How to describe Angel? So people who do not know him will feel his warmth, his humanity which reached out to all.  His boundless energy.

Angel, an activist, was born and raised in the Mission District of San Francisco, California. Father Mexican. Mother Colombian.  Mother very tough, outspoken woman.  I never knew his father.

The Mission District is “Latino”, that is, many families from Central America and Mexico live there.  Angel was head of Mission Head Start,  a bilingual, early childhood education, community-based program.  I worked with him for several years.

Angel was an advocate of quality early childhood care for all, both in Head Start and the San Francisco School District.  He fought for justice and human rights for all people, wherever they were from.

Angel was fun to be with,  well-informed, energetic.  Angel was a jogger and a cyclist.  We shared many dinners, news updates, jokes, reminiscences with Angel and his family in the kitchen and dining room in their house in the Mission District.

Living a global life… moving from continent to continent,  with family and friends everywhere… means that, at any one time, I am isolated, separated from those I love.  I miss  sharing their lives and their passing.

I am grateful that  Jim  (my spouse) was with his mother when she died in Beijing four years ago.  I am grateful that I was with my mother when she died two years ago in Kansas City.  I am sorry that I was not with Angel and his family to celebrate his life.

Not being there when someone dies, means that I continue to assume I will see that person again, somewhere.  No, wait a minute, not true. Even though I WAS present with my mom when she died, I still from time to time think I see her.  Most recently I thought I saw her on the Metro in Caracas, Venezuela.  When the lady turned in my direction, she was a white-haired woman who looked nothing like my mother.

So will I see Angel again, somewhere, some how?  Who knows.  I hope so.

Pamela, Angel, Margaret (his wife) in their kitchen in the Mission District, San Francisco, California , probably sometime in 2000

Pamela, Angel, Margaret (his wife) in their kitchen in the Mission District, San Francisco, California , probably sometime in 2000

I dedicate my 100th post on this blog to my dear friend, Angel Contreras.

26 Nov 2012, written on the BART (Bay Area Rapid Transit)   

going from Oakland  to  San Francisco, California

HSFD Pamela Head to HEad

Overwhelmed with words

My eyes stinging

My memories escalating

Moving from east to west

Oakland to San Francisco

And the people


The beautiful maimed people

Where do they all come from?

•   •  •

How is it possible

Moving through time


Dental school

Still there

Red haired about to graduate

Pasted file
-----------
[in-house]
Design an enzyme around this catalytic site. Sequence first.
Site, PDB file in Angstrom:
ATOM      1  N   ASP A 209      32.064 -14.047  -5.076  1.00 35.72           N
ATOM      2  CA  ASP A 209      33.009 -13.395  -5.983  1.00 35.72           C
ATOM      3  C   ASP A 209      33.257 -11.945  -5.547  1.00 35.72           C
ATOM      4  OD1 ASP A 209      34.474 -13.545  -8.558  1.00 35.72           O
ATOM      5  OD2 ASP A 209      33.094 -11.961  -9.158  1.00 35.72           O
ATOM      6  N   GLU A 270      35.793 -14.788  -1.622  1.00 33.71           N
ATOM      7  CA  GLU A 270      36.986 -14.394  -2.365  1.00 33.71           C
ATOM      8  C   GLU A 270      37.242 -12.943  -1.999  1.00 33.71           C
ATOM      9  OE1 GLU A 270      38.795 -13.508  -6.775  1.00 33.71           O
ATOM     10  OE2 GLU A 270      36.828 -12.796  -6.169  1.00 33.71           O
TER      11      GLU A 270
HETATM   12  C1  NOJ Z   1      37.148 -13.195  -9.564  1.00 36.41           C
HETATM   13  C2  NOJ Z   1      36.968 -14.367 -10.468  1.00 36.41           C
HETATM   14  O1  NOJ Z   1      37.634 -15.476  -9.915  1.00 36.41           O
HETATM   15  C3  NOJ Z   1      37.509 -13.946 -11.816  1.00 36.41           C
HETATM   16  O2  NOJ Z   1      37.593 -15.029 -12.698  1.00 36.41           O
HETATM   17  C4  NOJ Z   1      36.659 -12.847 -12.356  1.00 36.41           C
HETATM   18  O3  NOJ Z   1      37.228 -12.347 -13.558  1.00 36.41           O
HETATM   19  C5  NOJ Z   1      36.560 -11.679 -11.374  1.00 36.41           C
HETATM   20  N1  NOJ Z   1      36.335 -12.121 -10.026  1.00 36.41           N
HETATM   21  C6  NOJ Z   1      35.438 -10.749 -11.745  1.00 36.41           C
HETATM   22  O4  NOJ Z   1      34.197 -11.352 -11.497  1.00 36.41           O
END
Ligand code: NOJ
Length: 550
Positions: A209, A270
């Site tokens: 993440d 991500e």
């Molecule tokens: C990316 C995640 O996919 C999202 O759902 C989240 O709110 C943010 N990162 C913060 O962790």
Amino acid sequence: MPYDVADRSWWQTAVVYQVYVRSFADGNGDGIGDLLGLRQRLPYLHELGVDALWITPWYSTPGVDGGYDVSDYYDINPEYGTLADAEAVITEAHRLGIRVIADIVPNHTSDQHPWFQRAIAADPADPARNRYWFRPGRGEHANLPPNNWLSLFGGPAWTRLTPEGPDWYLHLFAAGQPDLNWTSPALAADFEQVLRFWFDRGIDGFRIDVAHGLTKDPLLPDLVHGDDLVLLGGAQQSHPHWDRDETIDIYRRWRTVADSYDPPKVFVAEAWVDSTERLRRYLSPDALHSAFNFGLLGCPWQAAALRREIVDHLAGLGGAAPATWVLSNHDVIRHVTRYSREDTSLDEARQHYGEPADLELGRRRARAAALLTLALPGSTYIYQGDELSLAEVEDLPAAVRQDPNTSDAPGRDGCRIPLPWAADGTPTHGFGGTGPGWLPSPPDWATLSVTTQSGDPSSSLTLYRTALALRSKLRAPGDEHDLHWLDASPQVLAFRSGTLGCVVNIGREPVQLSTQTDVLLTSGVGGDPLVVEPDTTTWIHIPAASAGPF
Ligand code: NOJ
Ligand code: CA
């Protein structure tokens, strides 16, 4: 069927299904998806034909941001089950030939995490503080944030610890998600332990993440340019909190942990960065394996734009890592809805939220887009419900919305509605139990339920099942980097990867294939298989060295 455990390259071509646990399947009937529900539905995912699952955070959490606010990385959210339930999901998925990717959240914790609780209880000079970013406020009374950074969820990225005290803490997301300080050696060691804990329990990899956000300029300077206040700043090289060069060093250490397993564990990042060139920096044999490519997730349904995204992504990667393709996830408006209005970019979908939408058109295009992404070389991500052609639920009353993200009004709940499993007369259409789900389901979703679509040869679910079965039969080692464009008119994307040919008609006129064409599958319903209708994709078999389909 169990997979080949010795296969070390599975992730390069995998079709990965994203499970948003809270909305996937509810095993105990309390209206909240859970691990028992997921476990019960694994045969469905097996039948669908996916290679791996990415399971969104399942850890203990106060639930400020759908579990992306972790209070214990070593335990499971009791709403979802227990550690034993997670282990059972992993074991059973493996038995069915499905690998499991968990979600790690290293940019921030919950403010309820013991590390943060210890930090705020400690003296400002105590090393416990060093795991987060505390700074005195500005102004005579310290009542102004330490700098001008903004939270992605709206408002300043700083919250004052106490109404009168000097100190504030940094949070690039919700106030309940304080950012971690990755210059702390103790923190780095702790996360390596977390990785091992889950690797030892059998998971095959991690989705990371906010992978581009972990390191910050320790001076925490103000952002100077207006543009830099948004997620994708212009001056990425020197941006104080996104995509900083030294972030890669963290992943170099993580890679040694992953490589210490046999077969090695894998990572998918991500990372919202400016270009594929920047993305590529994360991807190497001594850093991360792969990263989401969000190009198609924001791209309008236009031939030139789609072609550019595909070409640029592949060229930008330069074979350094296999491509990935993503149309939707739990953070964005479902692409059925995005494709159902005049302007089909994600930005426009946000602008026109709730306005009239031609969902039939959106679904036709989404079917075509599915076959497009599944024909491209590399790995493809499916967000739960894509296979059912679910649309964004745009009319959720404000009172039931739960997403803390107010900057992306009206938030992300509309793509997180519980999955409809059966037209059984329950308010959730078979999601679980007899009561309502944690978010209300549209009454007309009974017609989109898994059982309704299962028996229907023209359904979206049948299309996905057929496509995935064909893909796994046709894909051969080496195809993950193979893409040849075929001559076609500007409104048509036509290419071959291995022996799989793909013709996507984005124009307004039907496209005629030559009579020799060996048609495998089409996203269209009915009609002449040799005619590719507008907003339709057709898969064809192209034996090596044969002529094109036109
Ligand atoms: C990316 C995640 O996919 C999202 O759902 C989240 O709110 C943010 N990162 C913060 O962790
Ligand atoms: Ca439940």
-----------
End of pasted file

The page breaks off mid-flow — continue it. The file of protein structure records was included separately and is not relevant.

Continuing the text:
Young man from Phoenix

Still there

•   •   •

Thinking only in poetry

Reworking the past

Re reading poetry

By a witness turned communist

Turned artist

•   •   •

Cole Street looking dingy

Quaker resistance reminder

Closeness of people in the tram

Not a Nairobi matatu

different feel

clean, orderly

full of disconnected people.

•   •   •

Older Chinese man

Chattering in my deaf ear

Nodding yes

Of course

You’re right

Then he said Mau Mau

When I said Kenya

I turned around

Tried to hear

Did he really say

Mau Mau?

How could he know?

Did he know?

Then he said something



You mean Kenyatta?

Not a Mau Mau

installed by the British

He nods his head

in agreement

Thanks me and gets off

at the next stop.

•   •   •

Passing through

On the tram

Barely sensed the slickness of

San Francisco

Capitalism gone mad

Capitalismo salvaje

Per Chavez

Everything branded


Most people

Including me

Wearing black

and in a hurry.

•   •   •

Pushed back tears

A grieving of intensity

not anxiety

And everywhere

the homeless

few but not

far between.

•   •   •

On the BART

African gent

plaid jacket

light brown leather


of uncertain age

like the man himself

stuffed with paper

and maybe his lunch

Sitting next to a young woman

draped over the seat

bare smooth pink

arms and shoulders

though it’s foggy chilly.

She’s all in black

with huge purple

hoop earrings

and chartreuse sneakers.

•   •   •

Everything in motion

Always moving

Now choosing one place

out of four continents

to live

Bringing memories to

a new place

with few memories

Friends but not close

•    •   •

Disrupting a small

space full of stuff

from my mom.

Will she travel

with us to another


She always loved to travel

until the end.

Her ashes still

in Oakland

Going to Pt Reyes

Some day.

•   •   •

Why write words

no one can read?

Why be a poet

unless it’s necessary

and for whom?

How can I be a poet

If I don’t

talk to myself?